Anyone familiar with orchestras appreciates how hard staff members work. Yet, they are almost always quite underpaid. As a result, turnover is typically higher than in the for-profit world. It is safe to say, however, that the KCS would not be where it is physically, financially, or artistically without the many staff members who worked for the KCS.
Last, and certainly not least, are the musicians. The ongoing success of the KCS would not be possible without the tremendous contributions of the current and the former members of the KCS and the Kansas City Philharmonic. Every musician that was a KCS/ Philharmonic member these past many years deserves to call the KCPA home. Through their lifelong dedication and commitment to incredible artistry and collective solidarity, the KCS has blossomed into a major orchestra that Kansas City may be proud of.In 1998 the musicians unanimously signed union certification cards. Shortly thereafter the musicians ratified the KCS’s first collective bargaining agreement, and Kansas City again had an orchestra within the ranks of America’s major orchestras, the AFM, and ICSOM. Wages, benefits, working conditions and governance improved immediately. Prior to the new collective bargaining agreement the KCS offered three tiers of employment, with full-time contracts offered only to titled players and a few others. Over the next three years everyone’s contracts were converted to full-time, and several positions were upgraded to principal overscale per industry norms. For more information on the process involved with the evergreen agreement and negotiation process please refer to polyphonic.org/harmony/7/KansasCity_Evergreen_SOI.pdf and polyphonic.org/harmony/7/KansasCity_Pscript_Martin.pdf.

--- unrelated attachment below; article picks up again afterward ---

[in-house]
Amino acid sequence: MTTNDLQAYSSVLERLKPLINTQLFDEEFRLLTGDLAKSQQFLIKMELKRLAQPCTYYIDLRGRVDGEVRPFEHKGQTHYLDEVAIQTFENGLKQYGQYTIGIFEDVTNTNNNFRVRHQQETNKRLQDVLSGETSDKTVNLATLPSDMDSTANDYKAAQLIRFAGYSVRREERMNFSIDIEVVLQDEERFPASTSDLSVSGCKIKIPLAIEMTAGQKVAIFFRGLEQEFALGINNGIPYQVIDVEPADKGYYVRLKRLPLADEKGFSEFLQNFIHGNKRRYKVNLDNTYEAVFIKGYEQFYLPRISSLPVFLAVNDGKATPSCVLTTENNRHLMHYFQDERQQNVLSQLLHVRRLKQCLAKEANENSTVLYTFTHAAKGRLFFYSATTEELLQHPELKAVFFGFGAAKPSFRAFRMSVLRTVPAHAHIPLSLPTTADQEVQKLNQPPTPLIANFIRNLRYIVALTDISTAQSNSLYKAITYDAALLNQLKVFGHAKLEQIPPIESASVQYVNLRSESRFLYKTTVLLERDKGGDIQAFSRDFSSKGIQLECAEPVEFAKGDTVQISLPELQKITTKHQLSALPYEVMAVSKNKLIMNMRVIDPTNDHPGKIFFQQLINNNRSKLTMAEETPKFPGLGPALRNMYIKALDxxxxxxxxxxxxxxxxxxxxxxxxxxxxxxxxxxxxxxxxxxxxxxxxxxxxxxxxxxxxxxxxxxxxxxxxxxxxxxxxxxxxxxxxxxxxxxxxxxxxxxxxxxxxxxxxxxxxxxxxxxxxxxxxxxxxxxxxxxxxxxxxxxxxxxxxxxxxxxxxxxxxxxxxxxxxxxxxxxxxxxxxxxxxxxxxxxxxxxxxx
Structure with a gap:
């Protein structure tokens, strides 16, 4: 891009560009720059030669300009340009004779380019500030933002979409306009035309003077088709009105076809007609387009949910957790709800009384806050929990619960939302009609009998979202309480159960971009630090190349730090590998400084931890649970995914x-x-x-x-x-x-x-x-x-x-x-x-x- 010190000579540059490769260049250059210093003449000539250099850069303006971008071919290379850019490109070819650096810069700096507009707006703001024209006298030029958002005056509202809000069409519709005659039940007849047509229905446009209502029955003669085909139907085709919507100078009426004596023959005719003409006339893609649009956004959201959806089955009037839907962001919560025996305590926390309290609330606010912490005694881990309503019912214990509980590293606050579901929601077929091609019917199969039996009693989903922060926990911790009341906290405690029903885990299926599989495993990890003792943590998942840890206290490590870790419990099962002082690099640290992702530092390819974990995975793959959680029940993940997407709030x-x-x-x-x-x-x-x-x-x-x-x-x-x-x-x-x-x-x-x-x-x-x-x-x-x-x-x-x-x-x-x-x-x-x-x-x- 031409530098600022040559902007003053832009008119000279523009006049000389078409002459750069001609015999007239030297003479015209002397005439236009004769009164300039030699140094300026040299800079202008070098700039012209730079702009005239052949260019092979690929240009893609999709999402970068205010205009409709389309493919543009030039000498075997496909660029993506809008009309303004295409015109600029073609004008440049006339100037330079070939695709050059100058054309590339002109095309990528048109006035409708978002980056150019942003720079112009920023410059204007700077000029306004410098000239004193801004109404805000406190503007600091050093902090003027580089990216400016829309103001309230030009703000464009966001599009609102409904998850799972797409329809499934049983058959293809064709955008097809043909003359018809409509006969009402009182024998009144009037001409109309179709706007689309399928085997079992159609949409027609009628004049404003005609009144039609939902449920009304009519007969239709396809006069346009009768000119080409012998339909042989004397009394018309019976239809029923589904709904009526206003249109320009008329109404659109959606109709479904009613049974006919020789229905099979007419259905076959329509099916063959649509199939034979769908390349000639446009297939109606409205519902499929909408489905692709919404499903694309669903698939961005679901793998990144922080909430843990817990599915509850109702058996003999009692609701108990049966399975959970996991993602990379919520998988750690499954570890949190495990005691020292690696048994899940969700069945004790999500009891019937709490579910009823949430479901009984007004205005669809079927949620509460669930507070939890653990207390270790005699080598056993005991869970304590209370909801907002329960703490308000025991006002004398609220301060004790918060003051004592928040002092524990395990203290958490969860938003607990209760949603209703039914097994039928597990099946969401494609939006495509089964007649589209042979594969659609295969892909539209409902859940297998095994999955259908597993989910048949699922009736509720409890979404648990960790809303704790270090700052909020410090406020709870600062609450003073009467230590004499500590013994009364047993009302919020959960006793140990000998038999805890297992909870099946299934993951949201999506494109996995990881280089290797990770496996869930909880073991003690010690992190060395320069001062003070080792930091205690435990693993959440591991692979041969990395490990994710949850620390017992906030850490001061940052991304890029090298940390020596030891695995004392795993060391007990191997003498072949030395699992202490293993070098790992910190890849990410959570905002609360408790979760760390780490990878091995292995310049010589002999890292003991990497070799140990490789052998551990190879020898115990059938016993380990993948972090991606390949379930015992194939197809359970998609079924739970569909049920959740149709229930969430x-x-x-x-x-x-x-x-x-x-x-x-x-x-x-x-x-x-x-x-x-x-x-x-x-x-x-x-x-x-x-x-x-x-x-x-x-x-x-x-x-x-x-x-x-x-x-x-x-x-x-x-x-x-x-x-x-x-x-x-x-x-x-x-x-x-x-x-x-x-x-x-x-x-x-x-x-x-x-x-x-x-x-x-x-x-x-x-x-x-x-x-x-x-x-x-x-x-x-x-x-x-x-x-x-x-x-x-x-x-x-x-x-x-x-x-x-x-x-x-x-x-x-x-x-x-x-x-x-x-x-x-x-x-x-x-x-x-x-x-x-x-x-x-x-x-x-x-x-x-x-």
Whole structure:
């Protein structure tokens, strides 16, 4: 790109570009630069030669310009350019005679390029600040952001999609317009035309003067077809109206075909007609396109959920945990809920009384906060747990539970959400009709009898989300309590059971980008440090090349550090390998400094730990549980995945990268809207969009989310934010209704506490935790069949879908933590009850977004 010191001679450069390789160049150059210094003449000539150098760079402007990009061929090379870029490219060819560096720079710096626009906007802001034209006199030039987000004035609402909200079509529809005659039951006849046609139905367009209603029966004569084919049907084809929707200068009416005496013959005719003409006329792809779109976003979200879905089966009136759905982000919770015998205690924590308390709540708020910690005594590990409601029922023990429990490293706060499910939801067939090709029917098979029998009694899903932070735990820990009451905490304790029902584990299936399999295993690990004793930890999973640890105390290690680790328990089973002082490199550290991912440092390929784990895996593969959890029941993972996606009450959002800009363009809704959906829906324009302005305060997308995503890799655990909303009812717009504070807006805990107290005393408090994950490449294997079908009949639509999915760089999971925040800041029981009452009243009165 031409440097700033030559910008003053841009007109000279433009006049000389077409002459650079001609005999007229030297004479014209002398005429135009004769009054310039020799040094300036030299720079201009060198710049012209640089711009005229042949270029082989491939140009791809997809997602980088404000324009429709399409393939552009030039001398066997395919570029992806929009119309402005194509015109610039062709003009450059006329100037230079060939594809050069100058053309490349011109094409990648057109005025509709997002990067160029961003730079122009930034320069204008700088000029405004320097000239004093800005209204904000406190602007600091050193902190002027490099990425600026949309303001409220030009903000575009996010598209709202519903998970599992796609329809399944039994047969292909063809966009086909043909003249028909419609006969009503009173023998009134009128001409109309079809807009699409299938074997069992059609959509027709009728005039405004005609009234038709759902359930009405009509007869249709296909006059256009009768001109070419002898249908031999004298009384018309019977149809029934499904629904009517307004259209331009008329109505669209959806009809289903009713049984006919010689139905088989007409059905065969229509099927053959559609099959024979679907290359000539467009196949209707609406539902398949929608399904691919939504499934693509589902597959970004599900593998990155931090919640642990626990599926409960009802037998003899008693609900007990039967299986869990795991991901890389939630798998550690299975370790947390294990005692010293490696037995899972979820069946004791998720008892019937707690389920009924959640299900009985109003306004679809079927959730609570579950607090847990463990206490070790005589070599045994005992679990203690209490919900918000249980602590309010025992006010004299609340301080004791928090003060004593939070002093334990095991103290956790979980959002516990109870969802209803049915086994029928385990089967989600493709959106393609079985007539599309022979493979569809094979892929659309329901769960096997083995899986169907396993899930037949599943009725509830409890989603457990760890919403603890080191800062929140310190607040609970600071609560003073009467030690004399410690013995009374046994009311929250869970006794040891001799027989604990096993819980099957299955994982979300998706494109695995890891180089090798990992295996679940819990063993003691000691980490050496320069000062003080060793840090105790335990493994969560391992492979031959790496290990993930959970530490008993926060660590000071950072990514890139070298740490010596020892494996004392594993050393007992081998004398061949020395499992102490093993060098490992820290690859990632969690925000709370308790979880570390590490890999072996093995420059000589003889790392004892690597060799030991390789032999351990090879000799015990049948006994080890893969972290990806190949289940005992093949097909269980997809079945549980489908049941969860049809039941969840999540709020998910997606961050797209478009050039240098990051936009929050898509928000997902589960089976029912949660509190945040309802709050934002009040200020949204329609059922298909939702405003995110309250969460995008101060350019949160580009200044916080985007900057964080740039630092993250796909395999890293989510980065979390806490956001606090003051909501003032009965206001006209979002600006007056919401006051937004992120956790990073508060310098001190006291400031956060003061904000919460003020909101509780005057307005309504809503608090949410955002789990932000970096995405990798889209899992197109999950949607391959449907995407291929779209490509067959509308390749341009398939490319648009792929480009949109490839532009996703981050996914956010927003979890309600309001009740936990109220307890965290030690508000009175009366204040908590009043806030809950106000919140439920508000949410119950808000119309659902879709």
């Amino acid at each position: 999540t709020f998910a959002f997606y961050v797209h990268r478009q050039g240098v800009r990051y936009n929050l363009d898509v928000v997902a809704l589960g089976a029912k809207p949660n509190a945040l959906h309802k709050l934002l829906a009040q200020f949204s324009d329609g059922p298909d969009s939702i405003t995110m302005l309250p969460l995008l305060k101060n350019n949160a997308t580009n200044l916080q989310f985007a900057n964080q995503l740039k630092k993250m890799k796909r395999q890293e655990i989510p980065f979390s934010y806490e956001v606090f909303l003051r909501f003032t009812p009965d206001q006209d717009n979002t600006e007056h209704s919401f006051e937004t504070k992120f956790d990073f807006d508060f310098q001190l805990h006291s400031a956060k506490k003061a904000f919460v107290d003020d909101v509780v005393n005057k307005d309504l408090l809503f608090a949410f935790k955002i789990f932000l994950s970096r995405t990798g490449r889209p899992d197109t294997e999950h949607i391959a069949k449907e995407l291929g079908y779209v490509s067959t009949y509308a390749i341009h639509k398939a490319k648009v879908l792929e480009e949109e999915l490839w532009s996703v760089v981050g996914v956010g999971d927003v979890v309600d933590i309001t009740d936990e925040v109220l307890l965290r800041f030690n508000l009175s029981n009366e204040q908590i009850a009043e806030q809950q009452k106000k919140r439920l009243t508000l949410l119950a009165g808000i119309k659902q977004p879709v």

Success in Kansas City is due to many factors. Clearly, the major factor was a convergence of the right people at the right time. Over the past 15 years board members, staff personnel, volunteers, musicians, and music directors, as well as civic and arts leaders, worked together toward the goals of improving the KCS financially and artistically and to prepare to move into the KCPA. It is important to note that differences have surfaced from time to time among the different constituencies. We resolved those differences by keeping our eye on the prize.
In early 2006, amid the economic uncertainties of the last decade, the KCPA board issued a public challenge calling for $40 million to be immediately raised in order to assure that ground would be broken. The Musicians’ Association of the Kansas City Symphony unanimously supported the challenge request. While everyone contributed a nominal amount, many gave more, and over $17,000 was raised. We knew this was a drop in the bucket of the KCPA’s $413 million total cost, but we wanted everyone involved to understand that we were on board, too.
We were pleasantly surprised to learn that these contributions entitled us to name five seats in Helzberg Hall. We named two for the Kansas City Musicians’Association, Local 34-627, AFM, one for the emeriti KCS musicians, and one each for two of our fallen colleagues. Their inscriptions are: Veronica Freeman, Cellist, 1973-2004, An English Rose Who Blossomed Here amid a Hundred Musical Friends; Steve Peters, 1954-2005, Bassist, Devoted Son & Dad, Looked for the Best in Others and Gave His Best
As I write this column, my father and his dear wife are set to travel to Kansas City to experience the Kauffman Center for the Performing Arts for the first time. I look forward to showing him that, indeed, “Ev’rything’s up to date in Kansas City.” Yet no one thinks “They’ve gone about as fur as they c’n go.” We recognize that this tremendous opportunity is not the end of the road but just the beginning.